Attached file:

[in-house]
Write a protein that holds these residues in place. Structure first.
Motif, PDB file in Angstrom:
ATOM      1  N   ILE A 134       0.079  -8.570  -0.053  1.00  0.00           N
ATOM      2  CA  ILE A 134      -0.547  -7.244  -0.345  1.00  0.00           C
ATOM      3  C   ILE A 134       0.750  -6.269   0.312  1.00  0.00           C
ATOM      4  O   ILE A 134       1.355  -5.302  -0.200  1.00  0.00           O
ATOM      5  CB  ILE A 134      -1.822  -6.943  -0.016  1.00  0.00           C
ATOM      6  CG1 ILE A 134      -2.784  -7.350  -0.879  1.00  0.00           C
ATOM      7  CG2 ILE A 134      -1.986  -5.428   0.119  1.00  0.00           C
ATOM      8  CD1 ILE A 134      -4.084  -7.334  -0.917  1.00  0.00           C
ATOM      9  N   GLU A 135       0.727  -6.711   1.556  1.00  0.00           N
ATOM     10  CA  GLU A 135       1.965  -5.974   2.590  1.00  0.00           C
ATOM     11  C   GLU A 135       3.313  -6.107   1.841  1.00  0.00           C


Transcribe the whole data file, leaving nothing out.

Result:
[in-house]
Write a protein that holds these residues in place. Structure first.
Motif, PDB file in Angstrom:
ATOM      1  N   ILE A 134       0.079  -8.570  -0.053  1.00  0.00           N
ATOM      2  CA  ILE A 134      -0.547  -7.244  -0.345  1.00  0.00           C
ATOM      3  C   ILE A 134       0.750  -6.269   0.312  1.00  0.00           C
ATOM      4  O   ILE A 134       1.355  -5.302  -0.200  1.00  0.00           O
ATOM      5  CB  ILE A 134      -1.822  -6.943  -0.016  1.00  0.00           C
ATOM      6  CG1 ILE A 134      -2.784  -7.350  -0.879  1.00  0.00           C
ATOM      7  CG2 ILE A 134      -1.986  -5.428   0.119  1.00  0.00           C
ATOM      8  CD1 ILE A 134      -4.084  -7.334  -0.917  1.00  0.00           C
ATOM      9  N   GLU A 135       0.727  -6.711   1.556  1.00  0.00           N
ATOM     10  CA  GLU A 135       1.965  -5.974   2.590  1.00  0.00           C
ATOM     11  C   GLU A 135       3.313  -6.107   1.841  1.00  0.00           C